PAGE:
What if gold was more rock’n’roll than it looks? Used since the dawn of time by traders, the precious metal is a mix of rational and irrational. And despite its legendary—but quite relative—stability, nowadays it represents above all an antisystem value. For where the current monetary system is based on unlimited credit availability, gold is only available in limited quantities. This inevitably sidelines it from an often volatile system, as the famous precious metal does not suffer from manipulations of central banks or possible international currency crises. Should banks be scared? A century ago, financial institutions tried to stem the influence of gold. In 1914, as the British entered the First World War, the Central Bank of England did everything to try to suspend the convertibility of bank notes to gold. A decision that finally overturned thanks to the enlightened advice of the economist John Maynard Keynes.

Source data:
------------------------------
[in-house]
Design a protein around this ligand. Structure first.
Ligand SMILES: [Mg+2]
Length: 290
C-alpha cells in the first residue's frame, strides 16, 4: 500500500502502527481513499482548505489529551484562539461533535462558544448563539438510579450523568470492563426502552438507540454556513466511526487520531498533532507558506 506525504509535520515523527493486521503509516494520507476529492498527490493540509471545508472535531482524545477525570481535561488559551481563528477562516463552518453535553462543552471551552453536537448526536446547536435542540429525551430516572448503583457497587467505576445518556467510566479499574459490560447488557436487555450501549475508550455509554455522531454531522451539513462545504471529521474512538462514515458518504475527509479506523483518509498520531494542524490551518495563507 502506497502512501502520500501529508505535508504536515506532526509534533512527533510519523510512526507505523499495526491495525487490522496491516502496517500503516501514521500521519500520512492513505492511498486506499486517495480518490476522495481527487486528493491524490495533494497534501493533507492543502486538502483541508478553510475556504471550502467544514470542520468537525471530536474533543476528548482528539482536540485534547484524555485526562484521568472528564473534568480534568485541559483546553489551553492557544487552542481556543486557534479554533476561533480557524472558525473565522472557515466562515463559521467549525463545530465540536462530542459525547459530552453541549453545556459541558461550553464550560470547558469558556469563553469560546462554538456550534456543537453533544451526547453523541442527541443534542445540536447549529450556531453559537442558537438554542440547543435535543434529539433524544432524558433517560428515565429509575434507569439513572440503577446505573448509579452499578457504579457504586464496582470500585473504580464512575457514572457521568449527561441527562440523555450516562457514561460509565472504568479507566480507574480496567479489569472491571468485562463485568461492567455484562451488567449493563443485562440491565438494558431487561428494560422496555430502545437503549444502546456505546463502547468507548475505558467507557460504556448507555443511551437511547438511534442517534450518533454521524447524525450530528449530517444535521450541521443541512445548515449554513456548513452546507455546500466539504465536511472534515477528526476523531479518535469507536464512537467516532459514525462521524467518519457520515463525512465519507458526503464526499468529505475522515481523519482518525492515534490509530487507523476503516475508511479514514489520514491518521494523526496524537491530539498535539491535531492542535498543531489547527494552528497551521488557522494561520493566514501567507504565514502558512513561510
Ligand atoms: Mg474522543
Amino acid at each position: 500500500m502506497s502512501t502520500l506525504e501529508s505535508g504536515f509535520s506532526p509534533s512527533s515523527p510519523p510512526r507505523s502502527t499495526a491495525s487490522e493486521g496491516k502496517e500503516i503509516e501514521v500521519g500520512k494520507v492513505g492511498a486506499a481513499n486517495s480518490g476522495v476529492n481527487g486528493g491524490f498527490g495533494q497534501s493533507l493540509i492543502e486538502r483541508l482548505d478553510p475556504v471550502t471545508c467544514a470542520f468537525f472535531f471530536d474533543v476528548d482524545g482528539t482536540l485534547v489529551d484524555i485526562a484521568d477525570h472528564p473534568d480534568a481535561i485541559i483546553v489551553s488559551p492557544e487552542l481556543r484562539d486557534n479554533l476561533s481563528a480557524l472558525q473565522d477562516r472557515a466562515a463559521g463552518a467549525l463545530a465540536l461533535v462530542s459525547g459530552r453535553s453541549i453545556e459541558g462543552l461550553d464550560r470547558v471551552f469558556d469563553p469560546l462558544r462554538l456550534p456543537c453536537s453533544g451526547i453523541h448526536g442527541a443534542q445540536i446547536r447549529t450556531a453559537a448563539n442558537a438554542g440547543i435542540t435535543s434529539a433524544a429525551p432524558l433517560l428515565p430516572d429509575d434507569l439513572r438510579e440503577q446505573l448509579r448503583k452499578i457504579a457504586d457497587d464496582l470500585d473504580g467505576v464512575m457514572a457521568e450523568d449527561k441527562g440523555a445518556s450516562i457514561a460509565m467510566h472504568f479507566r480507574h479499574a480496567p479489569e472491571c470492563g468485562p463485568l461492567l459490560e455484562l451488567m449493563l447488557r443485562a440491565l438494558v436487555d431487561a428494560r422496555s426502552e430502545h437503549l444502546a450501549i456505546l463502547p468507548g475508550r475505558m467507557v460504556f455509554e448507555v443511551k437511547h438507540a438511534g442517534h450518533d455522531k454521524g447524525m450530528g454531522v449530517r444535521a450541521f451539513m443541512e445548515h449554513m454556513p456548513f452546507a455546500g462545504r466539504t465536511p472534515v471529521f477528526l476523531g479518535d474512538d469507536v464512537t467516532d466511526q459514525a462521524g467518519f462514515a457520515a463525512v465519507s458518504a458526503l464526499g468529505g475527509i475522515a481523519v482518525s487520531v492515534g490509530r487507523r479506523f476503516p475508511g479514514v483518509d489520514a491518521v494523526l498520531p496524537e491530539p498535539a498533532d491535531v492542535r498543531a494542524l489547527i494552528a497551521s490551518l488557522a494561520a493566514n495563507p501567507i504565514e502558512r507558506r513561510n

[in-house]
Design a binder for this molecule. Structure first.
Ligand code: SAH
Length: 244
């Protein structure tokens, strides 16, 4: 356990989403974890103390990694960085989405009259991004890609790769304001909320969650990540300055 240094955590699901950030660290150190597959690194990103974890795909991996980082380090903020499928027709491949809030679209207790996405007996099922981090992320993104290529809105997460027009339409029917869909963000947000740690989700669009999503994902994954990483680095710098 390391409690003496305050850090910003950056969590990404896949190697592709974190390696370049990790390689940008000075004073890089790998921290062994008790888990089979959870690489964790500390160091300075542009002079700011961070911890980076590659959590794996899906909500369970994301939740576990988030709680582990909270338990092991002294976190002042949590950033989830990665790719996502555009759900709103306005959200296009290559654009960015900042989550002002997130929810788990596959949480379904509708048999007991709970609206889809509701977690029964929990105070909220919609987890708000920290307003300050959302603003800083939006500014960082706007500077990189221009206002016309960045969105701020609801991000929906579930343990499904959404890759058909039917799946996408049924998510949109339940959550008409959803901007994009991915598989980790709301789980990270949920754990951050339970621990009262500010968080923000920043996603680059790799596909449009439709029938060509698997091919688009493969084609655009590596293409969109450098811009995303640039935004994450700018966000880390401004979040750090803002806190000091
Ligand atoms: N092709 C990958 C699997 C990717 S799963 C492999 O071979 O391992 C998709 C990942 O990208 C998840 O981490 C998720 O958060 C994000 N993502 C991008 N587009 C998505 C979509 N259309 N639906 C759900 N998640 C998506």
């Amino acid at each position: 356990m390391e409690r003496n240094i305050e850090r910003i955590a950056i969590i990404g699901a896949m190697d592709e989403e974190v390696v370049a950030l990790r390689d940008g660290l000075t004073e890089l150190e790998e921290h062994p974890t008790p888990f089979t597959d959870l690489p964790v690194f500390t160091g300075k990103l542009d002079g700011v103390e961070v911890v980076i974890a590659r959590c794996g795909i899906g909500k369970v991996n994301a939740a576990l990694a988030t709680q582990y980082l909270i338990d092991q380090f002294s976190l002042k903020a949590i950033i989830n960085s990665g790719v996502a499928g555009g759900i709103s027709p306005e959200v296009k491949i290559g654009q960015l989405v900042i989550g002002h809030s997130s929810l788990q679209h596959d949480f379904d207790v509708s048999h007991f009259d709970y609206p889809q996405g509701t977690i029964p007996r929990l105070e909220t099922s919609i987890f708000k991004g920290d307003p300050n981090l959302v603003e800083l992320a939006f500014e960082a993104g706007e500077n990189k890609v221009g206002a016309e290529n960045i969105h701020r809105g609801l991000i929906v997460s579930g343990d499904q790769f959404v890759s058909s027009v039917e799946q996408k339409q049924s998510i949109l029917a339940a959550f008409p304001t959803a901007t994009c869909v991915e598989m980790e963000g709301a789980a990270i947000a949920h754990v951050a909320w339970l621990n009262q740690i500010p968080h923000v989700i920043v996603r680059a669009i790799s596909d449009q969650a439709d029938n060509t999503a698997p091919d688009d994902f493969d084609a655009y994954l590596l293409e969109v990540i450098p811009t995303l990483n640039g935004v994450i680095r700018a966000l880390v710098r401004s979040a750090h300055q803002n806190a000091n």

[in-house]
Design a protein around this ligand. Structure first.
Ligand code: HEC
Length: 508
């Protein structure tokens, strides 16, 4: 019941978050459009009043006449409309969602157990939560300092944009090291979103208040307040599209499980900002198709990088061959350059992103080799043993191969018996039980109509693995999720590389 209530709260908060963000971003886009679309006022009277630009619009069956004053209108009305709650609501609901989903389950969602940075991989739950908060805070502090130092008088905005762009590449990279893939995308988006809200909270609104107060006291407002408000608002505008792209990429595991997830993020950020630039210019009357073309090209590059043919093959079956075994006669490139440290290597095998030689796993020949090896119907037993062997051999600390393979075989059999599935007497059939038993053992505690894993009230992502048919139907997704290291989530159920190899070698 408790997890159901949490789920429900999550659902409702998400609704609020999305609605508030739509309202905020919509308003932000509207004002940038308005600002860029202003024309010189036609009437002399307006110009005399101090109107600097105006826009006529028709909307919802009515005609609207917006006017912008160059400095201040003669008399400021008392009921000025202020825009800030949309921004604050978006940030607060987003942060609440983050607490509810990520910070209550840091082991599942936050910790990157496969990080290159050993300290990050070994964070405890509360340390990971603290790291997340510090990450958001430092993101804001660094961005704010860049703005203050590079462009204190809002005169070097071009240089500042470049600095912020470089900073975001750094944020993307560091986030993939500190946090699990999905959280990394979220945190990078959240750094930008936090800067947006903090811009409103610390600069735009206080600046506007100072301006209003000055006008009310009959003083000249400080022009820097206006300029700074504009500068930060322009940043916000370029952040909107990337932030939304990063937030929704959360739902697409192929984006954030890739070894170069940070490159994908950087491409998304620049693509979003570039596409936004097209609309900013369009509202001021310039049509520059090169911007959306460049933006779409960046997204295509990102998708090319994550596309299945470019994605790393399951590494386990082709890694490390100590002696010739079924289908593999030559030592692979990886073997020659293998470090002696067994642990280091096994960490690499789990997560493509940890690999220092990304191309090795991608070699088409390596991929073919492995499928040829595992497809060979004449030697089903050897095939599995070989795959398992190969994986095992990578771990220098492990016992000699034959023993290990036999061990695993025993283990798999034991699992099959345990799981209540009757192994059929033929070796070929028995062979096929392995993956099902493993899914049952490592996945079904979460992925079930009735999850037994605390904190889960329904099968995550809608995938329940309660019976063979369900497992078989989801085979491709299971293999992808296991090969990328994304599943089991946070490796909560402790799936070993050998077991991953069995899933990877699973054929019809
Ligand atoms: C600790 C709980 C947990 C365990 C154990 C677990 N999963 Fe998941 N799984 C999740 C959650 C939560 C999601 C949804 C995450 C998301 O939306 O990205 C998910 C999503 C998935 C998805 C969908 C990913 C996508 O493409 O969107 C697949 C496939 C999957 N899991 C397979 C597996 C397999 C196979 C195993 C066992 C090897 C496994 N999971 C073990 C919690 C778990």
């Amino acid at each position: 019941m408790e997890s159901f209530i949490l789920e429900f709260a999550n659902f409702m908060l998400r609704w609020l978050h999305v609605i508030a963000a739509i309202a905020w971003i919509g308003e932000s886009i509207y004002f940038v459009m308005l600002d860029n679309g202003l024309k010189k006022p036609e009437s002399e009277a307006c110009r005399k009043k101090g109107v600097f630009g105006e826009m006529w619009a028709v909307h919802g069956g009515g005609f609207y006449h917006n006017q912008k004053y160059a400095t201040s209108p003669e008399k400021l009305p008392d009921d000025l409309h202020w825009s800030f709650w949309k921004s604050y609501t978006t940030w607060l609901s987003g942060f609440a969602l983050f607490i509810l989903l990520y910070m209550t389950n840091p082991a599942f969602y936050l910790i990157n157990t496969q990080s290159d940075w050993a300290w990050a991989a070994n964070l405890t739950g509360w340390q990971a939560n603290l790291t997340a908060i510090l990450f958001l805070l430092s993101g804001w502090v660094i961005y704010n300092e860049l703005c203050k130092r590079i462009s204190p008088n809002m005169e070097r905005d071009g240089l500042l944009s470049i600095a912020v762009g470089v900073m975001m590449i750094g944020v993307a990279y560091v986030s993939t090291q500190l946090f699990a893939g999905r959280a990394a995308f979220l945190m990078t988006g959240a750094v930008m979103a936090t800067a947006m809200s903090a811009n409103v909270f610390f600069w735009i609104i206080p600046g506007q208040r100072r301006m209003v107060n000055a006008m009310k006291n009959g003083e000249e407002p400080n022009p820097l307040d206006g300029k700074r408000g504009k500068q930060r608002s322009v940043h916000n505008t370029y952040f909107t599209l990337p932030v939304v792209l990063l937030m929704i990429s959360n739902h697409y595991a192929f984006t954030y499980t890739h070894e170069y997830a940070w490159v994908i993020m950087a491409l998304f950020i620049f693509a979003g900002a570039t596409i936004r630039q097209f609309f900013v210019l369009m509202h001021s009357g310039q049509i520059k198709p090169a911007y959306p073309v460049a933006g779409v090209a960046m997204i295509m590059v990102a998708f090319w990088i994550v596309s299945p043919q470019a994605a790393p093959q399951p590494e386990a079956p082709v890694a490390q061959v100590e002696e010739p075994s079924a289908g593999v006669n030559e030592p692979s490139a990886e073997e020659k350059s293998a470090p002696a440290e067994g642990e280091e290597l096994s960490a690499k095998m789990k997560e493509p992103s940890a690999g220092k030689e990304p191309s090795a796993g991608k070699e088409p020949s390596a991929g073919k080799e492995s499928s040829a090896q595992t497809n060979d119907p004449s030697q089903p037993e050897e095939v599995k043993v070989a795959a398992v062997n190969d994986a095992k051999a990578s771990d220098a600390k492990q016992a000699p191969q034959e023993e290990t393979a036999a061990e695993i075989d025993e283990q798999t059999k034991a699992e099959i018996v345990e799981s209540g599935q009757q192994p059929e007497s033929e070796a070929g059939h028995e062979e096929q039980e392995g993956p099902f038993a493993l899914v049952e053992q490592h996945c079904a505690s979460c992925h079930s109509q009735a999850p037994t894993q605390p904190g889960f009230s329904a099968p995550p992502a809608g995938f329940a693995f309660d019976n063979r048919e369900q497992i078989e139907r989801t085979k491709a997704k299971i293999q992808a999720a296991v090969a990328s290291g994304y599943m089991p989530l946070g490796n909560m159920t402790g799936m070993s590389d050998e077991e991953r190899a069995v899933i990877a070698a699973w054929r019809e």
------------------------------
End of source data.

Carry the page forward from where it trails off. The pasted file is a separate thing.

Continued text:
Nowadays, the precious metal appears more and more as an antisystem value. It is not without reason that, at the beginning of the year 2018, central banks, in particular those of the Eastern countries, embarked on an incredible gold rush. Their goal is to protect themselves against dollar inflation. This is for example the interest of China, which has impressive amounts of US Treasuries. If the US decided to use inflation to reduce its debt, the Chinese economy would be greatly weakened. However, to bypass the international monetary system, if it invests in gold, China will protect itself against any sudden devaluation of the dollar. The precious metal is today not only an antisystem value, it is also a protection for countries geopolitically opposed to the USA. Because if they decided to exclude their opponents from the international payment system Swift, abundant gold reserves would make sure their economy won’t collapse.